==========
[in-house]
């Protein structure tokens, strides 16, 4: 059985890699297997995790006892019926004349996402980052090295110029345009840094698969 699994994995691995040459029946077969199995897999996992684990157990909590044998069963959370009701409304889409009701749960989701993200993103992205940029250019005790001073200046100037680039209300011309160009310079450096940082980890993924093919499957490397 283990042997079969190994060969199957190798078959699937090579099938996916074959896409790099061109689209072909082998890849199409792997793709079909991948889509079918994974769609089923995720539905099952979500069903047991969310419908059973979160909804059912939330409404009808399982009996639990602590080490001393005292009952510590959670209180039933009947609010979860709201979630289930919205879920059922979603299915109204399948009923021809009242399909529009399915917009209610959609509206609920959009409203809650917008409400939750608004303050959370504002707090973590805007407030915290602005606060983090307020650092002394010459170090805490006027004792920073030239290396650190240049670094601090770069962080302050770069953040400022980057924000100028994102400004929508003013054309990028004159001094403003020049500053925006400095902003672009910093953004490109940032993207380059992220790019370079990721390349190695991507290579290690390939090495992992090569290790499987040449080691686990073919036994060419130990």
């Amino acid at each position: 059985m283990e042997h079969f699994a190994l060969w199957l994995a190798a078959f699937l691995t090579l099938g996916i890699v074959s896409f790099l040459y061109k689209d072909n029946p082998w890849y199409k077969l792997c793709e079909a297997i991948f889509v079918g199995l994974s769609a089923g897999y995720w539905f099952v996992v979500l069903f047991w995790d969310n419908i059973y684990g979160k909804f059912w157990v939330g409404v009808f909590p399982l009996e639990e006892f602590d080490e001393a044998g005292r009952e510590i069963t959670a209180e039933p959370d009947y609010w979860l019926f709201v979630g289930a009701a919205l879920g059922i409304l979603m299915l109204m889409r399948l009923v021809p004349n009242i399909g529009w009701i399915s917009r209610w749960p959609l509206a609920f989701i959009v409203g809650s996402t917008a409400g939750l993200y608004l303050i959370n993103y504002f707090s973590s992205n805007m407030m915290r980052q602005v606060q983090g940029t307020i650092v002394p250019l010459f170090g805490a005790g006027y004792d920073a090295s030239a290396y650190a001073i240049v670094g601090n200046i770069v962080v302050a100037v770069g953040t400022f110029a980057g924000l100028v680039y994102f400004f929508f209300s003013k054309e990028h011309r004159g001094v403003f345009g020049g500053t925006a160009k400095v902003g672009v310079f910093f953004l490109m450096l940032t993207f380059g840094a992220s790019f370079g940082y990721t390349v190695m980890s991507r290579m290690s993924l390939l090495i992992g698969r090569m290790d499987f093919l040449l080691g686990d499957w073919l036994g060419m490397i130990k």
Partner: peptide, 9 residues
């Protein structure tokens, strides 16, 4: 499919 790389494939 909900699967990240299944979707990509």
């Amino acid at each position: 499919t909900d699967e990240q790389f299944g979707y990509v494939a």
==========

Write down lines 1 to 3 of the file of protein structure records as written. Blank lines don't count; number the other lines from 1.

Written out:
[in-house]
């Protein structure tokens, strides 16, 4: 059985890699297997995790006892019926004349996402980052090295110029345009840094698969 699994994995691995040459029946077969199995897999996992684990157990909590044998069963959370009701409304889409009701749960989701993200993103992205940029250019005790001073200046100037680039209300011309160009310079450096940082980890993924093919499957490397 283990042997079969190994060969199957190798078959699937090579099938996916074959896409790099061109689209072909082998890849199409792997793709079909991948889509079918994974769609089923995720539905099952979500069903047991969310419908059973979160909804059912939330409404009808399982009996639990602590080490001393005292009952510590959670209180039933009947609010979860709201979630289930919205879920059922979603299915109204399948009923021809009242399909529009399915917009209610959609509206609920959009409203809650917008409400939750608004303050959370504002707090973590805007407030915290602005606060983090307020650092002394010459170090805490006027004792920073030239290396650190240049670094601090770069962080302050770069953040400022980057924000100028994102400004929508003013054309990028004159001094403003020049500053925006400095902003672009910093953004490109940032993207380059992220790019370079990721390349190695991507290579290690390939090495992992090569290790499987040449080691686990073919036994060419130990």
């Amino acid at each position: 059985m283990e042997h079969f699994a190994l060969w199957l994995a190798a078959f699937l691995t090579l099938g996916i890699v074959s896409f790099l040459y061109k689209d072909n029946p082998w890849y199409k077969l792997c793709e079909a297997i991948f889509v079918g199995l994974s769609a089923g897999y995720w539905f099952v996992v979500l069903f047991w995790d969310n419908i059973y684990g979160k909804f059912w157990v939330g409404v009808f909590p399982l009996e639990e006892f602590d080490e001393a044998g005292r009952e510590i069963t959670a209180e039933p959370d009947y609010w979860l019926f709201v979630g289930a009701a919205l879920g059922i409304l979603m299915l109204m889409r399948l009923v021809p004349n009242i399909g529009w009701i399915s917009r209610w749960p959609l509206a609920f989701i959009v409203g809650s996402t917008a409400g939750l993200y608004l303050i959370n993103y504002f707090s973590s992205n805007m407030m915290r980052q602005v606060q983090g940029t307020i650092v002394p250019l010459f170090g805490a005790g006027y004792d920073a090295s030239a290396y650190a001073i240049v670094g601090n200046i770069v962080v302050a100037v770069g953040t400022f110029a980057g924000l100028v680039y994102f400004f929508f209300s003013k054309e990028h011309r004159g001094v403003f345009g020049g500053t925006a160009k400095v902003g672009v310079f910093f953004l490109m450096l940032t993207f380059g840094a992220s790019f370079g940082y990721t390349v190695m980890s991507r290579m290690s993924l390939l090495i992992g698969r090569m290790d499987f093919l040449l080691g686990d499957w073919l036994g060419m490397i130990k």